The DBPR database was checked to verify their status as licensed contractors upon their arrival at a “predetermined residence,” according to a news release.

    Many of those taken into custody have had previous run-ins with the law. Between the nine of them, there are 40 prior felony or misdemeanor charges, including eight convictions.

    The apprehension of misleading repairmen has been a concern for the Sheriff’s Office for the past five years. Detectives are assigned to investigate tips received from people who encounter contractors who lack the required licenses, permits or certification.

    Sheriff Tom Knight said that the risk of unlicensed contracting work is extremely high and that his police department is doing its best to crack down on offenders.

    “Consumers are exposing themselves to financial and physical risk by allowing these people to enter their home, unlicensed, and in some cases, with criminal histories,” he said. “Let this be a warning to criminals who come into our community and illegally solicit services, that their behavior will not be tolerated.”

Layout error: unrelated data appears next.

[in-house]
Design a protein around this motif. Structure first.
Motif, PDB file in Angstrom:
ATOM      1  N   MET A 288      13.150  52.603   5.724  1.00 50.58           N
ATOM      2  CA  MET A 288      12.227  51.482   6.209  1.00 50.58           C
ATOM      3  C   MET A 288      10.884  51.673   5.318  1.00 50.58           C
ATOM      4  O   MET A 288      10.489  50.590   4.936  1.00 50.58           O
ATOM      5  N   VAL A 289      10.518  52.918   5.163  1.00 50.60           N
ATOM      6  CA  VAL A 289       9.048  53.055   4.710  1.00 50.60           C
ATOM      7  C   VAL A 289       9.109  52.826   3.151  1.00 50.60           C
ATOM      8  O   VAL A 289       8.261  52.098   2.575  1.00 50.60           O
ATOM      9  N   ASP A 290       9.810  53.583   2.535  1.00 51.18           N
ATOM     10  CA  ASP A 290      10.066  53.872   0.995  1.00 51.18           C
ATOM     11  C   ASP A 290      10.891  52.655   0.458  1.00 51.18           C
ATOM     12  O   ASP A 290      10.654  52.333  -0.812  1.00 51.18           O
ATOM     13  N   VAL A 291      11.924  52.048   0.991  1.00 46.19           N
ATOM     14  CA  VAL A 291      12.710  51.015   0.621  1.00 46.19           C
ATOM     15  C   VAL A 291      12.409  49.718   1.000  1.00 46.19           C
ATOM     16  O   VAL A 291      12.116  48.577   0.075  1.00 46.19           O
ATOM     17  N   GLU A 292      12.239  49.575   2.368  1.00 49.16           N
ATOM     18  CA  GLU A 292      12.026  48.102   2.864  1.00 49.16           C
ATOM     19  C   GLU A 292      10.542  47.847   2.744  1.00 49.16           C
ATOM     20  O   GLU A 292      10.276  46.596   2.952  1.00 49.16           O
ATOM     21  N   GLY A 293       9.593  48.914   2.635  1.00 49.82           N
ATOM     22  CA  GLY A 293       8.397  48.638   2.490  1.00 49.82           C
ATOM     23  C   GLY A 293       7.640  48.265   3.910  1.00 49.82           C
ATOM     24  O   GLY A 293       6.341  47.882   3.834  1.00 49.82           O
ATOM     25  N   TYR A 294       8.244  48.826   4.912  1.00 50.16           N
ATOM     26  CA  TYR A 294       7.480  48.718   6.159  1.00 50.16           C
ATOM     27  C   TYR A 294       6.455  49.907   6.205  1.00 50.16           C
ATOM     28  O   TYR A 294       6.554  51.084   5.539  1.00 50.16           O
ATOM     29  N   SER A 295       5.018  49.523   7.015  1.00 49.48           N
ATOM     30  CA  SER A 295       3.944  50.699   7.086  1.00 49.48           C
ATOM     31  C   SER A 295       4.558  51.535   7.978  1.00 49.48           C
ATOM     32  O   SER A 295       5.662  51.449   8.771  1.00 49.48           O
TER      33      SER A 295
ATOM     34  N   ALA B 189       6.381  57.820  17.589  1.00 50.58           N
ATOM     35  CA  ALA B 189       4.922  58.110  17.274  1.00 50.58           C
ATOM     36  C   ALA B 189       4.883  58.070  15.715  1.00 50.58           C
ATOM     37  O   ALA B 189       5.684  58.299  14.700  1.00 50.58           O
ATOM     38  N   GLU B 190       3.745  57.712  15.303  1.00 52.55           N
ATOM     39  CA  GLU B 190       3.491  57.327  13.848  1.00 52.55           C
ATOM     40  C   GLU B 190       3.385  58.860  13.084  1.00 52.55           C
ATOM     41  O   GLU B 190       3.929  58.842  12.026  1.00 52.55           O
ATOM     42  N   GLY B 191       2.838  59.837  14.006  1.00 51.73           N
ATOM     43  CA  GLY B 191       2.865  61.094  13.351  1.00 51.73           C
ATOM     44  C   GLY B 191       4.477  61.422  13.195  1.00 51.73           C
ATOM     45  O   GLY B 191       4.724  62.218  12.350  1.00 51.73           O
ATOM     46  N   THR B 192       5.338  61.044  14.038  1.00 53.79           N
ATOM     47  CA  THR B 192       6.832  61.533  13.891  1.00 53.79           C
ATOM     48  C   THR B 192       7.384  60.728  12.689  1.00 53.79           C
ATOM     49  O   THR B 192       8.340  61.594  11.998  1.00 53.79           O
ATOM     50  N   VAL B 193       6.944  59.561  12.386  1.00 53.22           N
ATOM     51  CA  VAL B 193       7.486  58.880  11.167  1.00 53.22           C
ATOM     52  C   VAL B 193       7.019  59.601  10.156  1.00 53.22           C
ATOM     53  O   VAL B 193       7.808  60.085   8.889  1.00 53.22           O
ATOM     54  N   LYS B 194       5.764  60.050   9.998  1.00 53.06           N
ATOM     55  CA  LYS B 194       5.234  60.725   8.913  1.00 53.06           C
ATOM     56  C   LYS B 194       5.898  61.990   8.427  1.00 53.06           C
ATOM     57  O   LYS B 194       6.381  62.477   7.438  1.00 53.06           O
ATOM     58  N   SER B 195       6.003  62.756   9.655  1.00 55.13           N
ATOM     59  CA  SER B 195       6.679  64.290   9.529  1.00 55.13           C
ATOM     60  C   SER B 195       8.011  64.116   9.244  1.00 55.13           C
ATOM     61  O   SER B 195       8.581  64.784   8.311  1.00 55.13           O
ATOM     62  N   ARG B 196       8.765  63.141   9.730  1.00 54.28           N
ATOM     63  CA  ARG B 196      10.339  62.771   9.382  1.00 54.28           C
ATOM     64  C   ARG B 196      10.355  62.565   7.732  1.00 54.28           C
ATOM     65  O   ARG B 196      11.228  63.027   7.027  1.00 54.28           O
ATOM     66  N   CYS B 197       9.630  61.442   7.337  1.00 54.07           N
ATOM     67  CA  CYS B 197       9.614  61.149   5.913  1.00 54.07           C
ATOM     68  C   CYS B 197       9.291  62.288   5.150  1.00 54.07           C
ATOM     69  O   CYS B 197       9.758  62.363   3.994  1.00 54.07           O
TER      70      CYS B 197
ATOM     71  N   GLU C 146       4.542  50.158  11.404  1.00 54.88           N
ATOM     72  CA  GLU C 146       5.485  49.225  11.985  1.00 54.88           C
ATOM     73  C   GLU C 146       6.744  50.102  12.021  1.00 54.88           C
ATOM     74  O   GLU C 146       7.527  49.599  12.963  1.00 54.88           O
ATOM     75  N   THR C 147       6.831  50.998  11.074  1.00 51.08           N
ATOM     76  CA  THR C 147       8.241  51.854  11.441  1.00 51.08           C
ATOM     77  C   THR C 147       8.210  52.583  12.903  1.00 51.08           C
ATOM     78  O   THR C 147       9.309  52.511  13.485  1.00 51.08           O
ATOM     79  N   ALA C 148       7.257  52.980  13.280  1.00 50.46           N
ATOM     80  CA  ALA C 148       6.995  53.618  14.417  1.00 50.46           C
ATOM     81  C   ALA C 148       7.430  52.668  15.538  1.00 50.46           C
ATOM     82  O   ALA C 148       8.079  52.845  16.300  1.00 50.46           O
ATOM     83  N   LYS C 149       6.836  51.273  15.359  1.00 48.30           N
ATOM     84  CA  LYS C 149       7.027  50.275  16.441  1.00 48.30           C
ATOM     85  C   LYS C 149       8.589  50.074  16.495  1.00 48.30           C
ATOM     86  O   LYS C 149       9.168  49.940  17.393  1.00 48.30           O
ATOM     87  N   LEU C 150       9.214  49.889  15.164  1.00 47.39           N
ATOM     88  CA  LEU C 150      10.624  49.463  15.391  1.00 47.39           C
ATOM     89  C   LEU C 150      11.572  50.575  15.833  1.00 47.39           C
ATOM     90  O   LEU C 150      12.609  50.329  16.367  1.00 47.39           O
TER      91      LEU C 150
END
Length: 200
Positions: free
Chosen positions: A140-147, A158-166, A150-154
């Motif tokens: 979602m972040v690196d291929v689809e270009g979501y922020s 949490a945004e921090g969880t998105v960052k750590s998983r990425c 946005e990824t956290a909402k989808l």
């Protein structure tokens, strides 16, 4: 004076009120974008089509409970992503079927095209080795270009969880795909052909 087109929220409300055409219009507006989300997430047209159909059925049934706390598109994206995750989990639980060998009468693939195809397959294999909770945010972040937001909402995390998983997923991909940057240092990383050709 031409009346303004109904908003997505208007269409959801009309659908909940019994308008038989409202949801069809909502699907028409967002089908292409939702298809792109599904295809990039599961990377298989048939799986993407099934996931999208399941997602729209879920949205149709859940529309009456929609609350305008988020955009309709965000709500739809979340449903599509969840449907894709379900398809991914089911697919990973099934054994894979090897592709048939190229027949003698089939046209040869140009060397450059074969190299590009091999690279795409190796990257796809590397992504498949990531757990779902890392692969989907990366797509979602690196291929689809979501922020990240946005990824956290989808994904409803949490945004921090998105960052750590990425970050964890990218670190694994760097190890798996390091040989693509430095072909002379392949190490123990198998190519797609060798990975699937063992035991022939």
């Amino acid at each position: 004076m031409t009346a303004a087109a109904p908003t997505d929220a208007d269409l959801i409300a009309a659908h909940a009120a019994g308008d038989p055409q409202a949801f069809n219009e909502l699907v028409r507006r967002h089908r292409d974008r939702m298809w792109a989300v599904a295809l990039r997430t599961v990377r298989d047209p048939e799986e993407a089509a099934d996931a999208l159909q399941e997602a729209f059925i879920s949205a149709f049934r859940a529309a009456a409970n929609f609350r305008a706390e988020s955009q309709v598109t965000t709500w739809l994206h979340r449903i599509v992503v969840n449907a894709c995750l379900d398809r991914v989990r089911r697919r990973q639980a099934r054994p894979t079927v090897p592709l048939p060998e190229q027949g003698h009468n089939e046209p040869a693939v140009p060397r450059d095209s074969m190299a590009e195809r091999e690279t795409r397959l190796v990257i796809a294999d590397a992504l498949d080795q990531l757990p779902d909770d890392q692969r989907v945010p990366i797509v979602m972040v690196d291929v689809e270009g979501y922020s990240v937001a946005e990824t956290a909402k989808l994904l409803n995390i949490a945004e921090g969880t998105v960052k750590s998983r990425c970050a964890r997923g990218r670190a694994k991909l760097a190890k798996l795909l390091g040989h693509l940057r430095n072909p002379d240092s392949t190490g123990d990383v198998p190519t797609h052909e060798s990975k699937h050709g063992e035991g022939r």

The nine people arrested were:

    ■ Charles Cochran, 55, Port Charlotte

    ■ Richard Hayez, 67, North Port

    ■ Joseph Hopp Jr., 56, Bradenton

    ■ Timothy Jewell, 56, Sarasota

    ■ Jonathan King, 41, Englewood

    ■ Mark Lamoureux, 69, North Port

    ■ Terence Miller, 56, North Port

    ■ Raul Morey-Arenas, 58, Sarasota

    ■ David Pond, 43 Myrtle Beach, South Carolina

    To check a Sarasota County license, call the Customer Service and Permit Center at 941-861-6678 or 941-861-3029. To report someone you suspect is acting as an unlicensed contractor or performing work without a permit, call 941-861-5000. For more information visit

  • 13 Jul 2017 4:24 PM | Anonymous

    David Weekly Homes Closes on School Ave. Site